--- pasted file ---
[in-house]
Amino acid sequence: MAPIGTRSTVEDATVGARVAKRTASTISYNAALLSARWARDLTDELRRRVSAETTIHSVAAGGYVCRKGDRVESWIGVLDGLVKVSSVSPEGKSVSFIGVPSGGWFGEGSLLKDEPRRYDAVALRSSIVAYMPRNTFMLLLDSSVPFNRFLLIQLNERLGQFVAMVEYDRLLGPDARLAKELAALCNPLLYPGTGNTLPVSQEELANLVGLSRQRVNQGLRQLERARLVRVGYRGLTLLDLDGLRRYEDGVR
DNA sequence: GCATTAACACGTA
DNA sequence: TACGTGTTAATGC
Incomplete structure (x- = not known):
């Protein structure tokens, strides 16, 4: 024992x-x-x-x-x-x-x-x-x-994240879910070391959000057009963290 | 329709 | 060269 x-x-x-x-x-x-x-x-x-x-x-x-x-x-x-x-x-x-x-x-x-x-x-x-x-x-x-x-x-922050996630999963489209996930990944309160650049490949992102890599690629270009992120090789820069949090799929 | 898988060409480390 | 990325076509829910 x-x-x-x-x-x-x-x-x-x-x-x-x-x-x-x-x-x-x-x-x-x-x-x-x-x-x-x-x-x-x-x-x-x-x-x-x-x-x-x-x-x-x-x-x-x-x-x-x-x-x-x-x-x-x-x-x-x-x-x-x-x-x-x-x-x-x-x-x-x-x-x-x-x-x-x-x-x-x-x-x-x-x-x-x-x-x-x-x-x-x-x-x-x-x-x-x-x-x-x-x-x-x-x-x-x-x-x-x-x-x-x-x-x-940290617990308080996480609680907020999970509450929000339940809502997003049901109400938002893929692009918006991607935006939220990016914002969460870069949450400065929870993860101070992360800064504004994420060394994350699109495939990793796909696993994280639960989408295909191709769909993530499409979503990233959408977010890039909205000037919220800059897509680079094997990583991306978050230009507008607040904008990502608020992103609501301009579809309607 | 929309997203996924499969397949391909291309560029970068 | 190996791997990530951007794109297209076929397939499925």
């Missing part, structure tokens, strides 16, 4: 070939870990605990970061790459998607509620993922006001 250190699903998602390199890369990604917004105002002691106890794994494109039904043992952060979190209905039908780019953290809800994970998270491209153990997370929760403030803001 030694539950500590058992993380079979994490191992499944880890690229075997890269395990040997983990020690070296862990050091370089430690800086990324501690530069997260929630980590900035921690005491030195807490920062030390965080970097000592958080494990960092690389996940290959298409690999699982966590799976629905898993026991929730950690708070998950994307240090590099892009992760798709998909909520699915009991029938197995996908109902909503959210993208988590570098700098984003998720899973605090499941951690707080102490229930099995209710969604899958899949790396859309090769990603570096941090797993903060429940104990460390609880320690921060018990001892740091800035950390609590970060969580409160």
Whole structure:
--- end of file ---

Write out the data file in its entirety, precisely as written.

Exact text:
[in-house]
Amino acid sequence: MAPIGTRSTVEDATVGARVAKRTASTISYNAALLSARWARDLTDELRRRVSAETTIHSVAAGGYVCRKGDRVESWIGVLDGLVKVSSVSPEGKSVSFIGVPSGGWFGEGSLLKDEPRRYDAVALRSSIVAYMPRNTFMLLLDSSVPFNRFLLIQLNERLGQFVAMVEYDRLLGPDARLAKELAALCNPLLYPGTGNTLPVSQEELANLVGLSRQRVNQGLRQLERARLVRVGYRGLTLLDLDGLRRYEDGVR
DNA sequence: GCATTAACACGTA
DNA sequence: TACGTGTTAATGC
Incomplete structure (x- = not known):
């Protein structure tokens, strides 16, 4: 024992x-x-x-x-x-x-x-x-x-994240879910070391959000057009963290 | 329709 | 060269 x-x-x-x-x-x-x-x-x-x-x-x-x-x-x-x-x-x-x-x-x-x-x-x-x-x-x-x-x-922050996630999963489209996930990944309160650049490949992102890599690629270009992120090789820069949090799929 | 898988060409480390 | 990325076509829910 x-x-x-x-x-x-x-x-x-x-x-x-x-x-x-x-x-x-x-x-x-x-x-x-x-x-x-x-x-x-x-x-x-x-x-x-x-x-x-x-x-x-x-x-x-x-x-x-x-x-x-x-x-x-x-x-x-x-x-x-x-x-x-x-x-x-x-x-x-x-x-x-x-x-x-x-x-x-x-x-x-x-x-x-x-x-x-x-x-x-x-x-x-x-x-x-x-x-x-x-x-x-x-x-x-x-x-x-x-x-x-x-x-x-940290617990308080996480609680907020999970509450929000339940809502997003049901109400938002893929692009918006991607935006939220990016914002969460870069949450400065929870993860101070992360800064504004994420060394994350699109495939990793796909696993994280639960989408295909191709769909993530499409979503990233959408977010890039909205000037919220800059897509680079094997990583991306978050230009507008607040904008990502608020992103609501301009579809309607 | 929309997203996924499969397949391909291309560029970068 | 190996791997990530951007794109297209076929397939499925």
């Missing part, structure tokens, strides 16, 4: 070939870990605990970061790459998607509620993922006001 250190699903998602390199890369990604917004105002002691106890794994494109039904043992952060979190209905039908780019953290809800994970998270491209153990997370929760403030803001 030694539950500590058992993380079979994490191992499944880890690229075997890269395990040997983990020690070296862990050091370089430690800086990324501690530069997260929630980590900035921690005491030195807490920062030390965080970097000592958080494990960092690389996940290959298409690999699982966590799976629905898993026991929730950690708070998950994307240090590099892009992760798709998909909520699915009991029938197995996908109902909503959210993208988590570098700098984003998720899973605090499941951690707080102490229930099995209710969604899958899949790396859309090769990603570096941090797993903060429940104990460390609880320690921060018990001892740091800035950390609590970060969580409160």
Whole structure: